I have fond memories of seeing Under Milk Wood (click on to the link for the review) earlier this year at York Theatre Royal and when it embarked on a Wales and England tour. It is nice to rekindle memories of this fascinating production by Clwyd Theatre Cymru. Annie (@corieltauviart) also caught the same production at Liverpool Playhouse and she has kindly agreed to share her thoughts in the review below:
Under Milk Wood - Dylan Thomas
Clwyd Theatre Cymru - Liverpool Playhouse
22nd May 2014
Owen Teale in Clwyd Theatre Cymru Under Milkwood
Photo credit: Catherine Ashmore (http://undermilkwoodtour.com)
A simple yet eye catching backdrop greets the audience upon entering the auditorium, and the performance that follows leaves the distinct impression of a kaleidoscope of voices recanting the story of a single day in the lives of a group of individuals living in the imaginary - or perhaps not so imaginary - village of Llareggub.
Plumbing the depths of human memories, fantasies and realities and the inexplicable manner in which all three meet and merge in the thoughts of the characters, this seminal work of fiction(believed to be based in the reality which Thomas observed around him) really does speak with the voices of the subconscious and this production makes the work, originally broadcast as a radio play, seem relevant now.
This simply staged production by Clwyd Theatr Cymru, has a minimal set, with actors taking turns centre stage both individually and in groups, to tell the story in a mix of both vocal and physical characterisation; at times physical expression becomes so powerful,as in real life, that it tells its own story, yet still feeling faithful to its earliest roots as a radio broadcast.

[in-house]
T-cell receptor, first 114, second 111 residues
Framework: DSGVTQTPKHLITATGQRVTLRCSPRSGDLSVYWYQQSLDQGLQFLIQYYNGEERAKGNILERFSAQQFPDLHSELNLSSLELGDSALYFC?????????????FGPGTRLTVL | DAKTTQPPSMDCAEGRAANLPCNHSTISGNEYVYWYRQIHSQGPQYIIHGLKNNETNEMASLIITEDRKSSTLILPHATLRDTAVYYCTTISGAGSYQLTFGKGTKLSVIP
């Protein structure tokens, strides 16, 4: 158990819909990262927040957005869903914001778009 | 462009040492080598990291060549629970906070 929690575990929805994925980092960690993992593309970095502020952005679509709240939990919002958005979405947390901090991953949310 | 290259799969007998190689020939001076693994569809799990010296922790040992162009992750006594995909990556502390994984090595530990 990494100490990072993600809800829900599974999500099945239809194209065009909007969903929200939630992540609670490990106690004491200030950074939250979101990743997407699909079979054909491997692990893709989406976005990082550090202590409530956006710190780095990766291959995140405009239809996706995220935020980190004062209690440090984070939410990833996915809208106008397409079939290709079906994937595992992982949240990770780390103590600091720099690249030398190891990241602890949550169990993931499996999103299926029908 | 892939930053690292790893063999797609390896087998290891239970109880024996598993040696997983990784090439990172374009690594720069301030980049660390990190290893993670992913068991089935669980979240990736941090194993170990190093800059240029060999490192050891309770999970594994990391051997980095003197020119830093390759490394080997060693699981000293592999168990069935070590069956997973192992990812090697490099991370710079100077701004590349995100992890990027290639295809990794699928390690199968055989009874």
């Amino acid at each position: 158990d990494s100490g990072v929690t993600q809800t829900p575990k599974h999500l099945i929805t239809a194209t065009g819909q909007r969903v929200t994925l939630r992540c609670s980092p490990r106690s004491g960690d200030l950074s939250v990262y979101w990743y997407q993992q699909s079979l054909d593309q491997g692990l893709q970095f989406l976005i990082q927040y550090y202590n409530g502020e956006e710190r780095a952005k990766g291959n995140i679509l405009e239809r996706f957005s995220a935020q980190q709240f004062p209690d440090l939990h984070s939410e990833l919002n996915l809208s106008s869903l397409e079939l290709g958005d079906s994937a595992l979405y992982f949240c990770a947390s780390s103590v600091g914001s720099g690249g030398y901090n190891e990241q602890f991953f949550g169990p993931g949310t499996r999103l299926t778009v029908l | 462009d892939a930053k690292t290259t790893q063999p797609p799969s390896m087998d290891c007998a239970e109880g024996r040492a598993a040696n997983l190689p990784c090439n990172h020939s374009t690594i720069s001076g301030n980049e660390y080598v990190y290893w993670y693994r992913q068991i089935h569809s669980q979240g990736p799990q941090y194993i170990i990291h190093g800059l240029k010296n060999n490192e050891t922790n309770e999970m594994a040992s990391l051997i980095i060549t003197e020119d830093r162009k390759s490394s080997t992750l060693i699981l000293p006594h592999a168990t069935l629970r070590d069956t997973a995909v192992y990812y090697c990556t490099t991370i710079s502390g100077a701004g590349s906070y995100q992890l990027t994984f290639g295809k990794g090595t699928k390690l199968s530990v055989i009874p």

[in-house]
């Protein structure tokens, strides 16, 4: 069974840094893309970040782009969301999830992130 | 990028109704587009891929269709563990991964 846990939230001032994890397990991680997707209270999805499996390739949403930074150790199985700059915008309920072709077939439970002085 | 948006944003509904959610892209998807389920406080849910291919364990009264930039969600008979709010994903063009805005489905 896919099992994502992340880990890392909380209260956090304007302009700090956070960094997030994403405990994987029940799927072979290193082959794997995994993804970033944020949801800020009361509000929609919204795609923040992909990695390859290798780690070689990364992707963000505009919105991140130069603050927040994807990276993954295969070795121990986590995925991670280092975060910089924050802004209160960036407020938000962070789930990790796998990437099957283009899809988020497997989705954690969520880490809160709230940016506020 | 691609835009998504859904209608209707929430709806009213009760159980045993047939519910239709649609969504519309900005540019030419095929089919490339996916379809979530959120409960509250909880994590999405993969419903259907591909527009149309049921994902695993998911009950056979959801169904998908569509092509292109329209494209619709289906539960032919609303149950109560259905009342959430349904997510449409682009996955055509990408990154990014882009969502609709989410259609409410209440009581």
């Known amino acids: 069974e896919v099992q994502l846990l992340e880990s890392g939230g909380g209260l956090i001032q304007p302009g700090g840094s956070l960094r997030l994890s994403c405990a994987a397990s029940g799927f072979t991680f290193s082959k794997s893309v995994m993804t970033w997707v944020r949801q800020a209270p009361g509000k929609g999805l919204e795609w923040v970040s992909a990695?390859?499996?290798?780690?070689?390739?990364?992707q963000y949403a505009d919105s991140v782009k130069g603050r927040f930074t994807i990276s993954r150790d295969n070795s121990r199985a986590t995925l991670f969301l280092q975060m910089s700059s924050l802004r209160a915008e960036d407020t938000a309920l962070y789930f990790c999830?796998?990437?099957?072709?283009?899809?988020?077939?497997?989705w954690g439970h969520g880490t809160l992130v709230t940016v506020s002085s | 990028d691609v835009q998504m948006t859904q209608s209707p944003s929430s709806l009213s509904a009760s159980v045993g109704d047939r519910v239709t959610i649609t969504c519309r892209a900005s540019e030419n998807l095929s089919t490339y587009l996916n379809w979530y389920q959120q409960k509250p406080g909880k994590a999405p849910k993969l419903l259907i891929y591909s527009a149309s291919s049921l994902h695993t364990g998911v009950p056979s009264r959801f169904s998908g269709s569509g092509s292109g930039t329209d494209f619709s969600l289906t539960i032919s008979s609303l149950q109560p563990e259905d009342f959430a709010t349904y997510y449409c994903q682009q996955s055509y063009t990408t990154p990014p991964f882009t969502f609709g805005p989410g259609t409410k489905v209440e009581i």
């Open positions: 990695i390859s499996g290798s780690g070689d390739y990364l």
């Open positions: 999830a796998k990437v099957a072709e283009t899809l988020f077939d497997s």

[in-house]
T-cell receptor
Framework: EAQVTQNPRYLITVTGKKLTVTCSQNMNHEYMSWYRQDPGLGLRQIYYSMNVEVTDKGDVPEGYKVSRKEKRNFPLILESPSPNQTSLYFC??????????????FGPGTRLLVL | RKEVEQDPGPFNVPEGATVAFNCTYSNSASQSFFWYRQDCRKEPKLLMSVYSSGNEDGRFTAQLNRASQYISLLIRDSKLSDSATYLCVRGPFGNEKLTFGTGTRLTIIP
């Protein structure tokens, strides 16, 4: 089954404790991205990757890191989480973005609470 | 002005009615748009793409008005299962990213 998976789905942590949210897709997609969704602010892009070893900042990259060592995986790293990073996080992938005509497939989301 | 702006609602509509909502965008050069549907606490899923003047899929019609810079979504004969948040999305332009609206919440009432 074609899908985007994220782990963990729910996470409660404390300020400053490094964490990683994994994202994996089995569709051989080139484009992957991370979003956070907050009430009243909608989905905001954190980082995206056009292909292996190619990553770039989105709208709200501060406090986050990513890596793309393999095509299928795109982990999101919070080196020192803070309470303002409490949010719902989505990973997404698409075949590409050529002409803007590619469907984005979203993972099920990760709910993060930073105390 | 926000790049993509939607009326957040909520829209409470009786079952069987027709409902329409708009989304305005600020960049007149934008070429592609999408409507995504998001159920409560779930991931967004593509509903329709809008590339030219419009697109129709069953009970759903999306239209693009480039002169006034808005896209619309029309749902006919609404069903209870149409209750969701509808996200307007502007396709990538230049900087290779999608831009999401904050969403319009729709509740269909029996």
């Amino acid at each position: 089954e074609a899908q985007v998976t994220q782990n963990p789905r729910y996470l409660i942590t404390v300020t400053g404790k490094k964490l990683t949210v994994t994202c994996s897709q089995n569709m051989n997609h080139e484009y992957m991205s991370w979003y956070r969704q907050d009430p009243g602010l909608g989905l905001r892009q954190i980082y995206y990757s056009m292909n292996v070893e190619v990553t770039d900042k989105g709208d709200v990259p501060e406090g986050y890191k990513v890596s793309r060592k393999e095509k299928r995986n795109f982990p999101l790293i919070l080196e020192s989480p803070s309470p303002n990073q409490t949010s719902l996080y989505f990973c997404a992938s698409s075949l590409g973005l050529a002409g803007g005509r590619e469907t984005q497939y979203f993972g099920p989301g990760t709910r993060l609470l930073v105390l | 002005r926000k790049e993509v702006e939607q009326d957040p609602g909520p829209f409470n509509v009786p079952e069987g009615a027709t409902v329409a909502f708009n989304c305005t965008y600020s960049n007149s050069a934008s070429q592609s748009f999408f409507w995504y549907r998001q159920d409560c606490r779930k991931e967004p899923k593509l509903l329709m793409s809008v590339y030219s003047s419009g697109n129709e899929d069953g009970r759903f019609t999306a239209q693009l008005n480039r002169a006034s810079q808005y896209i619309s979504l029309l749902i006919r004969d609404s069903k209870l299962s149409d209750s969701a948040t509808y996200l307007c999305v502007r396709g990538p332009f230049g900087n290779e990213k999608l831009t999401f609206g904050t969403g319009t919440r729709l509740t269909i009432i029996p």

Christian Patterson and Owen Teale provided a strong and compelling narrative as First and Second Voice. Nine other actors share the voices of the remaining village characters,bringing each to life in turn; every actor moving fluidly from portraying one character to another, convincing in each different persona,not only vocally but physically, with a corresponding change in body language. I was enthralled by the way in which each actor jumped between characterisations so smoothly and seemingly effortlessly, while not breaking the flow of the narrative.
The story of one day in Llareggub unfolds, bringing with it the memories, fantasies and realities of each character: Mog Edwards and Myfanwy Price writing about a fantasy of shared love through letters, remaining forever unfulfilled; Mrs Dai Bread One and Mrs Dai Bread Two living in a surreal jealous threesome with Dai Bread, seething with mutual jealousy and yet dependant on each other. The poignant sadness of Polly Carter and her lost loves; Mr and Mrs Pugh: a husband driven to unspoken murderous hatred by a wife incessantly nagging; Mrs Ogmore-Pritchard haunted by two deceased downtrodden husbands and Captain Tom living only in his memories.
I was truly impressed by the talent of the ensemble, the actors ability to switch between roles and yet still bring every character to life. Every emotion based in human thoughts was expressed and in turn experienced by the audience: sometimes bawdy, sometimes poignant , often causing huge eruptions of laughter and enjoyment caused by its earthy humour, this company proves that this work is still relevant and can still be enjoyed by an audience 60 years after being written. See it and enjoy!
Review by @corieltauviart
Thank you Annie for doing the above review. The Wales and England tour has now finished but it is hoped that the wonderful poetic play will tour again in the not too distant future. Check out Under Milk Wood official website for further information and news.